Gamma (denoted as γ) of an eclipse describes how centrally the shadow of the Moon or Earth strikes the other. The distance, when the axis of the shadow cone passes closest to Earth or Moon's center, is stated as a fraction of the equatorial radius of the Earth.
The sign of gamma defines for a lunar eclipse whether the axis of the Earth's shadow passes north or south of the Moon a positive value means south.
The magnitude of an eclipse is the fraction of the diameter of the eclipsed body which is in eclipse. During a lunar eclipse, the eclipsed body is the Moon and the eclipsing 'body' is the Earth's shadow. Since the Earth's shadow at the Moon's distance always is considerably larger than the Moon, a lunar eclipse can never be annular but is always partial or total. The Earth's shadow has two components: the dark umbra and the much brighter penumbra. A lunar eclipse will have two geometric magnitudes: the umbral magnitude and the penumbral magnitude. If the maximum value of the umbral magnitude is negative, the Moon doesn't reach into the Earth's umbra - it may still pass through the Earth's penumbra though, and such an eclipse is called a penumbral eclipse.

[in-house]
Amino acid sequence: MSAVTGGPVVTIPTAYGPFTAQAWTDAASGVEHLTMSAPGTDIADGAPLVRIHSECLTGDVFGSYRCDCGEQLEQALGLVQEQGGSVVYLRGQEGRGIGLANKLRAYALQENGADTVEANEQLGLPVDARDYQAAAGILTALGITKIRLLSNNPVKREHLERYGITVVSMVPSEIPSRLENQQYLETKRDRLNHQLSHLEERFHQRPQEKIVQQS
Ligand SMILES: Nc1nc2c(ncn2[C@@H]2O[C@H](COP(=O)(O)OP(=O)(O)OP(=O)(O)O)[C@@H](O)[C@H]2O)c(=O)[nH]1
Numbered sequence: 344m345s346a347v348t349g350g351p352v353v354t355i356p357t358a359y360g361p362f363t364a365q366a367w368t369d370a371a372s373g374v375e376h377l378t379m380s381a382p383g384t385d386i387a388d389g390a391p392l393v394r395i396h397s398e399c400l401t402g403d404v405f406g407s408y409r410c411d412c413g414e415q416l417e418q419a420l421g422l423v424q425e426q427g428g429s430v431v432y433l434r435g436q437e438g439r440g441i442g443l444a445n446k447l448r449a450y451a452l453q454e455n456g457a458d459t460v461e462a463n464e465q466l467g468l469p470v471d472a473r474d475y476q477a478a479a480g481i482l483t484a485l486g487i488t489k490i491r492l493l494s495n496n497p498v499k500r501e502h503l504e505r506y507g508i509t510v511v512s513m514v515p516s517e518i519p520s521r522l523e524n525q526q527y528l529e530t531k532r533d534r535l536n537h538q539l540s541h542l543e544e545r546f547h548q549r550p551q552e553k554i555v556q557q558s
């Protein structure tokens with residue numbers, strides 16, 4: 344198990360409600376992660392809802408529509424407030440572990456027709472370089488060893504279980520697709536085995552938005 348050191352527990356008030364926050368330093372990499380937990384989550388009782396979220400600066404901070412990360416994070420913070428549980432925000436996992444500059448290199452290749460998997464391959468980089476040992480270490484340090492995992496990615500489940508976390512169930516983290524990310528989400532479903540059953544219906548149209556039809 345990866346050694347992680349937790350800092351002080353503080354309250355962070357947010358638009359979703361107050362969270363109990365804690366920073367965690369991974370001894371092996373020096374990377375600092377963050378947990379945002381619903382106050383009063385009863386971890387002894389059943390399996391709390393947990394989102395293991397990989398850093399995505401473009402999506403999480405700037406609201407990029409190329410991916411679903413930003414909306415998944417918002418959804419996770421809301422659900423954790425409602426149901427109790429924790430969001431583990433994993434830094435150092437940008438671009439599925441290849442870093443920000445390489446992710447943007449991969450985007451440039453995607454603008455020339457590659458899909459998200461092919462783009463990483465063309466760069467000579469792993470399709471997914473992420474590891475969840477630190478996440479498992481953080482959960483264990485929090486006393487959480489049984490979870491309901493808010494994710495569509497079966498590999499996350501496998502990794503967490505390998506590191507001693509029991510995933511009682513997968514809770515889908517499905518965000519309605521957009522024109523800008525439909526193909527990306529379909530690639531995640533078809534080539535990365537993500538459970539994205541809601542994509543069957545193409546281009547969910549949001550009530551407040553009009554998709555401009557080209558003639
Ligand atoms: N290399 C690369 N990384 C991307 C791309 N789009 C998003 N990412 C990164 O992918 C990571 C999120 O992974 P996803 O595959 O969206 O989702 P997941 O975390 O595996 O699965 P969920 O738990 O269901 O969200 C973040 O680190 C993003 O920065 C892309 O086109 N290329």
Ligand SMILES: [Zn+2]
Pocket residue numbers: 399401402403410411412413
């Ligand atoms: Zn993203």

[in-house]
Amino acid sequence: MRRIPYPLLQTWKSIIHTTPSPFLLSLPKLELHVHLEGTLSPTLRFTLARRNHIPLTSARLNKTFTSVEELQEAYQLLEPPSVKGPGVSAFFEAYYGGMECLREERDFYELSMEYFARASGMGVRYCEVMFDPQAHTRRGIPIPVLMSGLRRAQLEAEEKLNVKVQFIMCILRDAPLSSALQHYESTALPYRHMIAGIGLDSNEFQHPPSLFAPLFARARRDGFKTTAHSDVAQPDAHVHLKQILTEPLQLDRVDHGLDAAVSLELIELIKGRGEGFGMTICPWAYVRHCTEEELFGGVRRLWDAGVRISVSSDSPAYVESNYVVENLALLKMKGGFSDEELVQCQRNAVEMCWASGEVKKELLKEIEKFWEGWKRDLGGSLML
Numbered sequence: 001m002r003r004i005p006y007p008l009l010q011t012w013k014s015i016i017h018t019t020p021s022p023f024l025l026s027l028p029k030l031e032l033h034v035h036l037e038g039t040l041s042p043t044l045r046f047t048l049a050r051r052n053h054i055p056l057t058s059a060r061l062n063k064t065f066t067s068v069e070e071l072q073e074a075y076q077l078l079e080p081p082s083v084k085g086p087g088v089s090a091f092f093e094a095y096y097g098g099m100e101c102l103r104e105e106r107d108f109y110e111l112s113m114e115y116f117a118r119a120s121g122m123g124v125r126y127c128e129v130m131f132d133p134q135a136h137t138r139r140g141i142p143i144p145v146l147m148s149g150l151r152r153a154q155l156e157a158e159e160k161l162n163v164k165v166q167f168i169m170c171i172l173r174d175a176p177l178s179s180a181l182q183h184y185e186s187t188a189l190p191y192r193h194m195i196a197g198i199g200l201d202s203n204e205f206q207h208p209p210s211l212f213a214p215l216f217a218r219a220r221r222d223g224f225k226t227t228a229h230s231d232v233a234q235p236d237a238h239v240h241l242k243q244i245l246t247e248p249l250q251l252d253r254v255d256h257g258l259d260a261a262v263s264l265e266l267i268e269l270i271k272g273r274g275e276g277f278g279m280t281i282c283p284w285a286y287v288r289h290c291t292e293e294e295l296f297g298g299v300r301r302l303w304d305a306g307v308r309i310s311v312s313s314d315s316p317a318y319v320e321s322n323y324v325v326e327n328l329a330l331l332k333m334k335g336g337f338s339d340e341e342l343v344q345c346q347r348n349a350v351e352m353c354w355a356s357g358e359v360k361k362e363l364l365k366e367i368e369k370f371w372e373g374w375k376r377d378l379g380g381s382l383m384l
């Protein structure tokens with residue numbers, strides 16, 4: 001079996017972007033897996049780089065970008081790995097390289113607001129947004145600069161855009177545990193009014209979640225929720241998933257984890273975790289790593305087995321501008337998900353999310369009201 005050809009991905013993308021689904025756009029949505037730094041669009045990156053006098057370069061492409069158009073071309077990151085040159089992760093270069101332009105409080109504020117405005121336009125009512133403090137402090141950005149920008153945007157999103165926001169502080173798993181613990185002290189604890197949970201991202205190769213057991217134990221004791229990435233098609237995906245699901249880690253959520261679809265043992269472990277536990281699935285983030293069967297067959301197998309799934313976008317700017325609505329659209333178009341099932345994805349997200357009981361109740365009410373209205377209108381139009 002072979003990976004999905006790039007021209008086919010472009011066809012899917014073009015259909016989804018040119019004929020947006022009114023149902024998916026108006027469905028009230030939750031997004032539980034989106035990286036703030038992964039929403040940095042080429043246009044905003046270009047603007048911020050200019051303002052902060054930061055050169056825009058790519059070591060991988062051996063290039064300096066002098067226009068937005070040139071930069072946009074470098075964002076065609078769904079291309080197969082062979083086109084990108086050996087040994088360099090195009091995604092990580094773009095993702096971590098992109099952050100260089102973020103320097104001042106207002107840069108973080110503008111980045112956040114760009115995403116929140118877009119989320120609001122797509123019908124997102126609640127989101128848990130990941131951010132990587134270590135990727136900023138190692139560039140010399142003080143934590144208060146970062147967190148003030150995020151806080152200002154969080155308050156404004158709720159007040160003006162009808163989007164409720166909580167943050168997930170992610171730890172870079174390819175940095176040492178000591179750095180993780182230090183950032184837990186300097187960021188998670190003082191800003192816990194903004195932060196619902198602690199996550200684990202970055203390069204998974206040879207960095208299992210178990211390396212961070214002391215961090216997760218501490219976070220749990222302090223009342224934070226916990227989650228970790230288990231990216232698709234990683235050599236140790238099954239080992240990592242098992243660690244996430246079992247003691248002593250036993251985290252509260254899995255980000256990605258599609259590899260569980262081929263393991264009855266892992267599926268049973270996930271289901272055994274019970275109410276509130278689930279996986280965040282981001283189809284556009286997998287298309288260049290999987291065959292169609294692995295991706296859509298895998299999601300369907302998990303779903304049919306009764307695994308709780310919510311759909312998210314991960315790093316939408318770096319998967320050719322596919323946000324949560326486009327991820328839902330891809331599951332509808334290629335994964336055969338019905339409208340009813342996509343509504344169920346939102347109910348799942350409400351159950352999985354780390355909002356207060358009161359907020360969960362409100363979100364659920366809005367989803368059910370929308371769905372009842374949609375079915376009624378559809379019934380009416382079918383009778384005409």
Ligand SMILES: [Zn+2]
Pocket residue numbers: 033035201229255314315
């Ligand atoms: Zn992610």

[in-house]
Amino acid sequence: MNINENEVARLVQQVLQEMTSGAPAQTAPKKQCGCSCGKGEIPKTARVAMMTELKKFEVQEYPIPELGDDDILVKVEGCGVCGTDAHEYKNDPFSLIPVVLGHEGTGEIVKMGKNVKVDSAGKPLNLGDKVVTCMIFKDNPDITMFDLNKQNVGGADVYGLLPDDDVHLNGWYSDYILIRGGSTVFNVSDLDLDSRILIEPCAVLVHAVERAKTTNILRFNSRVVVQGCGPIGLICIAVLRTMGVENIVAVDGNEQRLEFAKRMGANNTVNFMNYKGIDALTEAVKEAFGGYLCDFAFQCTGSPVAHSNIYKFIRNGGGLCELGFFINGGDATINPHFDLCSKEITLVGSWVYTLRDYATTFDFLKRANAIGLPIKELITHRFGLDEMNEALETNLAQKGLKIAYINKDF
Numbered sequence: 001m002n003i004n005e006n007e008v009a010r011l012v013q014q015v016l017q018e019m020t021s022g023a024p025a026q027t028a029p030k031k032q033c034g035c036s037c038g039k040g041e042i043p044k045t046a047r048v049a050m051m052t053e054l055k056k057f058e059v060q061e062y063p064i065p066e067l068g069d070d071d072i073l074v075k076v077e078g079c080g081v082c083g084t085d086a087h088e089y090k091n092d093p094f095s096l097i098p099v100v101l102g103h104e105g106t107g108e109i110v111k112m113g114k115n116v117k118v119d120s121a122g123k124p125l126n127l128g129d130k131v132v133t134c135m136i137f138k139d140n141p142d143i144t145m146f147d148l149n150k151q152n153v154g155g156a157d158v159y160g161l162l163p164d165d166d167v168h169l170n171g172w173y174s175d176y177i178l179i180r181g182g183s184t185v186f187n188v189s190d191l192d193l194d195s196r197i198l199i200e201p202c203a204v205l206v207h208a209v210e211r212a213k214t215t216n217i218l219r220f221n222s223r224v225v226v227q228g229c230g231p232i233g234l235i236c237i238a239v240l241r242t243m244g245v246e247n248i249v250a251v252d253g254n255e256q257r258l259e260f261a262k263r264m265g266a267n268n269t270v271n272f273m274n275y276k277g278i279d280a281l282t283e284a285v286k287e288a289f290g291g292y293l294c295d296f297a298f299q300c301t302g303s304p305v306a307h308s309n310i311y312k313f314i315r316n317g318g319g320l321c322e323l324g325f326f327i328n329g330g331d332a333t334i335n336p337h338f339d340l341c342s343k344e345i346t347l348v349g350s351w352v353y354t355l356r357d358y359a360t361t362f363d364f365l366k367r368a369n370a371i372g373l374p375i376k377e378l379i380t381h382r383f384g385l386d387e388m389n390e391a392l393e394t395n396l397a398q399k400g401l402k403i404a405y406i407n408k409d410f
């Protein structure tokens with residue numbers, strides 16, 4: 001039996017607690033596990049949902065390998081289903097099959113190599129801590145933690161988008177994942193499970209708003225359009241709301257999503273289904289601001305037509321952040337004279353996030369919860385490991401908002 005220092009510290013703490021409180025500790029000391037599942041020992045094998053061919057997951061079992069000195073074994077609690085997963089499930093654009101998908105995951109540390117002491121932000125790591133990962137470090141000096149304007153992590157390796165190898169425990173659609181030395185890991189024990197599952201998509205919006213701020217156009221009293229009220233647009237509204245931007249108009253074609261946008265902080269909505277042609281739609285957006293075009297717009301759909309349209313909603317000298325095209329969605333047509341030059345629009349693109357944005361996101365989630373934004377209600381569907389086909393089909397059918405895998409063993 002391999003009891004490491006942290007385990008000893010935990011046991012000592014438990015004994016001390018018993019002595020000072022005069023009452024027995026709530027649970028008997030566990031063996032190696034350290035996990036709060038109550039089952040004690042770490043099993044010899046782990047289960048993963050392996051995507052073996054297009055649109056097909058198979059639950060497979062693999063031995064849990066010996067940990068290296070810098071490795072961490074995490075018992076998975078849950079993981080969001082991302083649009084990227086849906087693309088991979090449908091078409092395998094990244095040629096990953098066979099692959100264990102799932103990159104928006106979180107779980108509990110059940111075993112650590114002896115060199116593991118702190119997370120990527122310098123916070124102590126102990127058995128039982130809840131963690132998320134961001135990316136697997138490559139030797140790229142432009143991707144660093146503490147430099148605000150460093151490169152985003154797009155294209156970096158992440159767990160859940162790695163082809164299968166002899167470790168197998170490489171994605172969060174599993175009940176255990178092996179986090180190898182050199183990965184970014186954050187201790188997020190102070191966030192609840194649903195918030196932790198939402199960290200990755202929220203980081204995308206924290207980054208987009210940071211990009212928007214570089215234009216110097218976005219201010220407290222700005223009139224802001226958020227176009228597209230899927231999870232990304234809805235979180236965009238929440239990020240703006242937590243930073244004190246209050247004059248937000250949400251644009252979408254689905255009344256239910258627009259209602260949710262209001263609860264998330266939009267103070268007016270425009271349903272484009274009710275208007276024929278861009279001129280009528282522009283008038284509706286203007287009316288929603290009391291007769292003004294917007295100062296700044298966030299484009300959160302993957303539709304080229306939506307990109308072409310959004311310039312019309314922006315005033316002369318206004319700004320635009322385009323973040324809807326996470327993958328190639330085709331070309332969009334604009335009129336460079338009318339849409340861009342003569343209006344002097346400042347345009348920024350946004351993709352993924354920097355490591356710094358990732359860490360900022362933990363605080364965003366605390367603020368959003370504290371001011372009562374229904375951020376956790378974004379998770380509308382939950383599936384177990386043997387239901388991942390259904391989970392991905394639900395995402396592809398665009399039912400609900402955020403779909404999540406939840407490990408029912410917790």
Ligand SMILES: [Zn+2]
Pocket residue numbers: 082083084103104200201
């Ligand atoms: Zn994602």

Penumbral magnitude is the fraction of the Moon's diameter immersed in the penumbra at the instant of greatest eclipse (equal to the distance measured from the edge of the penumbral shadow to the edge of the Moon deepest in the penumbra).
Umbral magnitude is the fraction of the Moon's diameter immersed in the umbra at the instant of greatest eclipse (equal to the distance measured from the edge of the umbral shadow to the edge of the Moon deepest in the umbra).
Penumbral Eclipse Phase Duration
The time interval between first and last contact of the Moon with the penumbral shadow (= P4 - P1).
Parial Eclipse Phase Duration
The time interval between first and last contact of the Moon with the umbral shadow (= U4 - U1).
Total Eclipse Phase Duration
The time interval between second and third contact of the Moon with the umbral shadow (= U3 - U2).
Voyages of the Saros
Is anybody out there? Can anyone still be faithfully tuning in to look for this long-overdue update on our progress? Well, whoever you are, this update is for you, and I hope you will accept our sincerest thanks for hanging in this long. You have demonstrated unusual determination and strength of character. Send us email some time ([email protected]) so we'll know who you are!